The Cask Of Amontillado Analysis

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Both the short story “The Possibility of Evil” (1965), written by Shirley Jackson, and the short story “The Cask of Amontillado” (1846), written by Edgar Allan Poe, explore the themes of revenge by using a variety of techniques. “The Possibility of Evil” tells the story of an elderly woman manipulating the the town to be the perfect town she wanted, and when when one of the townspeople find out what she had been doing, they cut up her number one prize possession; her roses. “The Cask of Amontillado” also conveys a similar theme, telling the story of a man that had enough of “his friend” teasing him, so he commits first degree murder by getting his friend drunk and luring him to his chamber and locking him in there until his death. Both narratives …show more content…
Specifically, Poe demonstrates that revenge is petty, while Jackson thinks that revenge is sweet karma. For example, Montresor was so angry over something so small. He had kept this grudge for the perfect moment to get the revenge he had wanted. This portrayal of revenge is that it is trifling. People tend to hold grudges over an insult and that is fine but when you take it to the next level to kill them, that isn’t fine. It makes you look childish. Conversely Jackson’s story is a town citizen taking revenge on her by cutting her roses for messing with the town for years. This representation of revenge is karma getting you back. Mrs. Strangeworth’s roses are her prize possession and when the town citizen had found out her secret, they got her back and she deserves what she got. This is different from Poe’s perspective on revenge because when you read “The Cask of Amontillado”, you feel bad for Fortunato because what he did wasn’t a big deal but when you read “The Possibility of Evil”, you don’t feel bad for Mrs.Strangeworth, you feel bad for the townspeople. While Poe and Jackson both focus on the same theme, they successfully make different statements on revenge.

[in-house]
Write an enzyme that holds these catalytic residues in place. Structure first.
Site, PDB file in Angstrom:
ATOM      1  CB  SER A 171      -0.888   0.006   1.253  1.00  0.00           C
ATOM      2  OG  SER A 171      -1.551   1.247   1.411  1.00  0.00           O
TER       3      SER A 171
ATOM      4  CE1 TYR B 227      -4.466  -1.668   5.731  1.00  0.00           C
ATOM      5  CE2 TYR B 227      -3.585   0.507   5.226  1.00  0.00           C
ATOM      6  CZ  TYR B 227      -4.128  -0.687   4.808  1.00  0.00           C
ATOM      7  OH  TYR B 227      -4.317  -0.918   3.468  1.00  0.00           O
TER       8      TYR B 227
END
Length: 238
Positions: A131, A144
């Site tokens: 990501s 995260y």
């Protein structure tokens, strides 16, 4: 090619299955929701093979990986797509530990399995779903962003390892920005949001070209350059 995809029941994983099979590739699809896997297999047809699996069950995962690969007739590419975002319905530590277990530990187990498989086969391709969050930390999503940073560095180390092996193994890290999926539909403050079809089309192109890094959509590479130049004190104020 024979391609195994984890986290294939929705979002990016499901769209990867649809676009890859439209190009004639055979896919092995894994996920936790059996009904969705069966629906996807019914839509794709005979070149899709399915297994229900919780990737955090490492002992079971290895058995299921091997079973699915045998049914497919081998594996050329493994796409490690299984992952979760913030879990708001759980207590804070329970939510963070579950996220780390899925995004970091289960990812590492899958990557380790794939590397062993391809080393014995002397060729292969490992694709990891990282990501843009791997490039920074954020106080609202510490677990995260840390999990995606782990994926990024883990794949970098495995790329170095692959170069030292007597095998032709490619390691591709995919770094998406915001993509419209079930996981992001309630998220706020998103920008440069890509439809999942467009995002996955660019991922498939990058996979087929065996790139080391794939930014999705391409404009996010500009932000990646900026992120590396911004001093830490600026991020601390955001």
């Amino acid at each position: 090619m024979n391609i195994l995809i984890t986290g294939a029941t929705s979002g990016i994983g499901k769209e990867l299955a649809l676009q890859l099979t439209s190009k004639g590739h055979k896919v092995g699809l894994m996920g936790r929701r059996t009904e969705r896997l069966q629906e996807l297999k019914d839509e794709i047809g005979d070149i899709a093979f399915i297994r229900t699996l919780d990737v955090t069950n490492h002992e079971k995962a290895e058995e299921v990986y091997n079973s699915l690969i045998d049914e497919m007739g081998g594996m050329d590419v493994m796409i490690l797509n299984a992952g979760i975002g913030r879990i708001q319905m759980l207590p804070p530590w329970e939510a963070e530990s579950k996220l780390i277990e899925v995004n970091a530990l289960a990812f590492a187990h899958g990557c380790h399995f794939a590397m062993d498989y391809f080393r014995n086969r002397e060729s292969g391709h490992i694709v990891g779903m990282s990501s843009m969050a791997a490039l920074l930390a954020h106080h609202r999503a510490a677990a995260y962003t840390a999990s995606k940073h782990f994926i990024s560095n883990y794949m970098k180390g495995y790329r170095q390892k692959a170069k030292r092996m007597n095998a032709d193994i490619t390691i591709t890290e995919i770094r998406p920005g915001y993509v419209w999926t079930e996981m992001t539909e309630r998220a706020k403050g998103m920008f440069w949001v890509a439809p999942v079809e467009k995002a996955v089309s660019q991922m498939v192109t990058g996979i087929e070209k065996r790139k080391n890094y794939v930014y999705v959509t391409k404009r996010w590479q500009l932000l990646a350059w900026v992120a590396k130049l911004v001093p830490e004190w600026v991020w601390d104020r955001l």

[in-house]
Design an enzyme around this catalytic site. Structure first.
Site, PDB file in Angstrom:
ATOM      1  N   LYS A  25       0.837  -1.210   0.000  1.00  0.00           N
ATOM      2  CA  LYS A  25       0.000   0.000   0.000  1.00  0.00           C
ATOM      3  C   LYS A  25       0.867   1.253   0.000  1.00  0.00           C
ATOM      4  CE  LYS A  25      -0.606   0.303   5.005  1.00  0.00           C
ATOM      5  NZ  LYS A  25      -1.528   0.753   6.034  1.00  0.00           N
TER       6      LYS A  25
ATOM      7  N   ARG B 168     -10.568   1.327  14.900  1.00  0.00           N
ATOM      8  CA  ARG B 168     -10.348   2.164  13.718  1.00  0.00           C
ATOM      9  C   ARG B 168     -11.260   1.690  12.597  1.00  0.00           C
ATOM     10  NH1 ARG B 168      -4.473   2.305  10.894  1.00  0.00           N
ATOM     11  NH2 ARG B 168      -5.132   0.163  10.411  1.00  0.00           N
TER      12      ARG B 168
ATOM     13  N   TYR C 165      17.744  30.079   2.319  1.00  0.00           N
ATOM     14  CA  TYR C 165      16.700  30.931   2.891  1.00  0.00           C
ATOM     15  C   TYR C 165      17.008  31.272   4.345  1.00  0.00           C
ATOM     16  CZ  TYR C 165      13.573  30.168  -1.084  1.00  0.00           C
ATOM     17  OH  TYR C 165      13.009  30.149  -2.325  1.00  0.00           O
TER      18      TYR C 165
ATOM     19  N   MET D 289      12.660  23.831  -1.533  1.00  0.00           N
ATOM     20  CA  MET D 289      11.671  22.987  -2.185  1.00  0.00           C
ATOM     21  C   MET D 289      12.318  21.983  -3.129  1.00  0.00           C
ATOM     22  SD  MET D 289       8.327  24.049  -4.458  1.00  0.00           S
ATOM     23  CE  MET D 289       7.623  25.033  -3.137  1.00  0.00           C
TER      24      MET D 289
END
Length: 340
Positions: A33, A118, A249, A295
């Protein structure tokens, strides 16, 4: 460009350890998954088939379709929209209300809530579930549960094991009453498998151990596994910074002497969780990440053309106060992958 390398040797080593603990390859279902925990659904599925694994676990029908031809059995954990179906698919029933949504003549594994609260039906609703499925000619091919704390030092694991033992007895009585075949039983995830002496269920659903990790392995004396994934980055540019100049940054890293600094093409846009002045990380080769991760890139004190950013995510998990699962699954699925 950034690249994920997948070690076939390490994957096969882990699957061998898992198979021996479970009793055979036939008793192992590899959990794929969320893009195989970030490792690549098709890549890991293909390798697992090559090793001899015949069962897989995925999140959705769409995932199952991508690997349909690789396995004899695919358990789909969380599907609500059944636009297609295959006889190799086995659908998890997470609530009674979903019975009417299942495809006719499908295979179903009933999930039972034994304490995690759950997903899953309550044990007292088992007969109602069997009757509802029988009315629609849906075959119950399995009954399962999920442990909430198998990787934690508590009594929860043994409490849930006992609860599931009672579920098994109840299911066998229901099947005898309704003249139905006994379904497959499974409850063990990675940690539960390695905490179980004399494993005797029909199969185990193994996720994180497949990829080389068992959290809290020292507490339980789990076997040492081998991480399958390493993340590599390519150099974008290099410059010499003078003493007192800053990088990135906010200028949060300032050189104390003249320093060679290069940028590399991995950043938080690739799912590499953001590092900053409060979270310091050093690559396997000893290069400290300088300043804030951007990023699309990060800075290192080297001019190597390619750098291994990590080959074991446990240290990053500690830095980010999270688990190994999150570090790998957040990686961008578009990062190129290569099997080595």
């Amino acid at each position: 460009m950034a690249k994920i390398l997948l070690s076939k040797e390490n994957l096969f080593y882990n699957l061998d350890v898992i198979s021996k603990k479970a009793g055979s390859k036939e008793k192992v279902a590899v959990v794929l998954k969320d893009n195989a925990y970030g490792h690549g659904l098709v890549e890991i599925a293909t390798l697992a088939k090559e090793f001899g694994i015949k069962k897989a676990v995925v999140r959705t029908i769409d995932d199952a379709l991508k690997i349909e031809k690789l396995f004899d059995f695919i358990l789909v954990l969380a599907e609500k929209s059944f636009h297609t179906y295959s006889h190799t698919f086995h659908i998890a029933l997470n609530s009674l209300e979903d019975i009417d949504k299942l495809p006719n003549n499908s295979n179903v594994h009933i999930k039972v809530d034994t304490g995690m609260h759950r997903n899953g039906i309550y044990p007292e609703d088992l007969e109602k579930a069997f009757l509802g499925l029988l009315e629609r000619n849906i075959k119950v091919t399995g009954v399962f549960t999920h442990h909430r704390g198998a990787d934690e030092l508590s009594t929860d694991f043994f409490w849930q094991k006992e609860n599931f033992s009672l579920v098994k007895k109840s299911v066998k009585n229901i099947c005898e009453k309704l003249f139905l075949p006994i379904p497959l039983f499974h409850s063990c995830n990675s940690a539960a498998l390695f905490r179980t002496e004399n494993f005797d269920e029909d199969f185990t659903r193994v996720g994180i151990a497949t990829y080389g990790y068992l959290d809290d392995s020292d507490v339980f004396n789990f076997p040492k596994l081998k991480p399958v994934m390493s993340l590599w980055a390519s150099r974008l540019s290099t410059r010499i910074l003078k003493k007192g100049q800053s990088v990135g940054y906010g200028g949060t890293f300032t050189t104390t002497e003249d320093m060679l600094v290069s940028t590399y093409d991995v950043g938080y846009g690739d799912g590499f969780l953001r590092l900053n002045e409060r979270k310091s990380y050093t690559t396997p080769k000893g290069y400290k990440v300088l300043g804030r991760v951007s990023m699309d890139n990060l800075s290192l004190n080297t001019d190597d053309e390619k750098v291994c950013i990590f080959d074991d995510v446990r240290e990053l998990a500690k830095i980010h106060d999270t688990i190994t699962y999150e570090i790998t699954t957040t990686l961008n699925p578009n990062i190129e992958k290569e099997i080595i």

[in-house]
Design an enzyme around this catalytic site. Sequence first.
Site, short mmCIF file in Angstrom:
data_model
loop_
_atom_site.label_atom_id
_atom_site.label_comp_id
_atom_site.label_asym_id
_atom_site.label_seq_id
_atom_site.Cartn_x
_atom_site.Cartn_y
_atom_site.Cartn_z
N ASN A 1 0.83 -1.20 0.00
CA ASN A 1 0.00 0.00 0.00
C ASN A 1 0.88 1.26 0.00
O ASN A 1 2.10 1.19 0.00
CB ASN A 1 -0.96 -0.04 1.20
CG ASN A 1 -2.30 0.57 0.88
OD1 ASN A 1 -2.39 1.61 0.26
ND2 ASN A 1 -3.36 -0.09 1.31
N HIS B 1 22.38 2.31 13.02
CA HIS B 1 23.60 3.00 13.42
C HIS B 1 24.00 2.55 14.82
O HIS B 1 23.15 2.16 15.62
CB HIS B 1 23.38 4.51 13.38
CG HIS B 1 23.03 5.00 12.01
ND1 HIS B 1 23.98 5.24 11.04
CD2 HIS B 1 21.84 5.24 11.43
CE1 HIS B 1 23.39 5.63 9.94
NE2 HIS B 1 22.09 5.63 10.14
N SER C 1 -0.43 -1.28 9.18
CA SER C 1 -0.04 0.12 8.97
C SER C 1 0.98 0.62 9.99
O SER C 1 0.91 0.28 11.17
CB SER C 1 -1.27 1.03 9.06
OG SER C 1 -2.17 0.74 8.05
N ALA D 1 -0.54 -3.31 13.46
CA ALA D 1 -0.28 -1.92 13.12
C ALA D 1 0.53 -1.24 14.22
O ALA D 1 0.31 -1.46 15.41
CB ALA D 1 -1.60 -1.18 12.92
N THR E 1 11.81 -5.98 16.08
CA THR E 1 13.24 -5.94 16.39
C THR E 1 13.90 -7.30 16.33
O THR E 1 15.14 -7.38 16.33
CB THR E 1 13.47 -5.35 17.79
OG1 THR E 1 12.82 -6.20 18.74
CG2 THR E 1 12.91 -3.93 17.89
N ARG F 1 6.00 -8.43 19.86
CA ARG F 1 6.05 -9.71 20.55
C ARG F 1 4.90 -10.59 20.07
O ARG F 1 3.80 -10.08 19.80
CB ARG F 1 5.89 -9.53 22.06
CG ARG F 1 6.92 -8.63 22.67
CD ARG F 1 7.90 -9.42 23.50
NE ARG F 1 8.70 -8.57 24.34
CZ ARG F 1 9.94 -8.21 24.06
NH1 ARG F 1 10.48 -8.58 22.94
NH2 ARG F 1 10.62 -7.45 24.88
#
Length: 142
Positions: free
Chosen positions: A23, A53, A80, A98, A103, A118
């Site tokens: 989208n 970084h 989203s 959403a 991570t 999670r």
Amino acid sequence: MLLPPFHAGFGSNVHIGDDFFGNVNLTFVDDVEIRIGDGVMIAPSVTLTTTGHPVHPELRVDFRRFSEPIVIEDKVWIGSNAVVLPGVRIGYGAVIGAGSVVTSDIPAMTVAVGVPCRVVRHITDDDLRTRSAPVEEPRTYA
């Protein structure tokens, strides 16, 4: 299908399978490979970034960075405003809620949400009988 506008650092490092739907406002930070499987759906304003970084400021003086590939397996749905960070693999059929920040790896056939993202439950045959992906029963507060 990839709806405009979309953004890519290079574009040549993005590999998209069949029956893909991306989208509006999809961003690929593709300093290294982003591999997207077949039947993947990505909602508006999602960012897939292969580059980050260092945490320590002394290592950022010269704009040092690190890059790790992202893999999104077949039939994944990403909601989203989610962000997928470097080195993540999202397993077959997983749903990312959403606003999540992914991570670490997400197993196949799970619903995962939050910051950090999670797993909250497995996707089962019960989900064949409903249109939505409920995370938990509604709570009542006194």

Both Jackson's “The Possibility of Evil” and Poe’s “The Cask of Amontillado” both expertly explore the themes of revenge, although they make different statements on the theme. “The Possibility of Evil” uses verbal irony to portray that karma is sweet. Conversely, “The Cask of Amontillado” uses situational irony to show that revenge is petty. Both works, however, demonstrate the inherent dangers and moral failings of seeking

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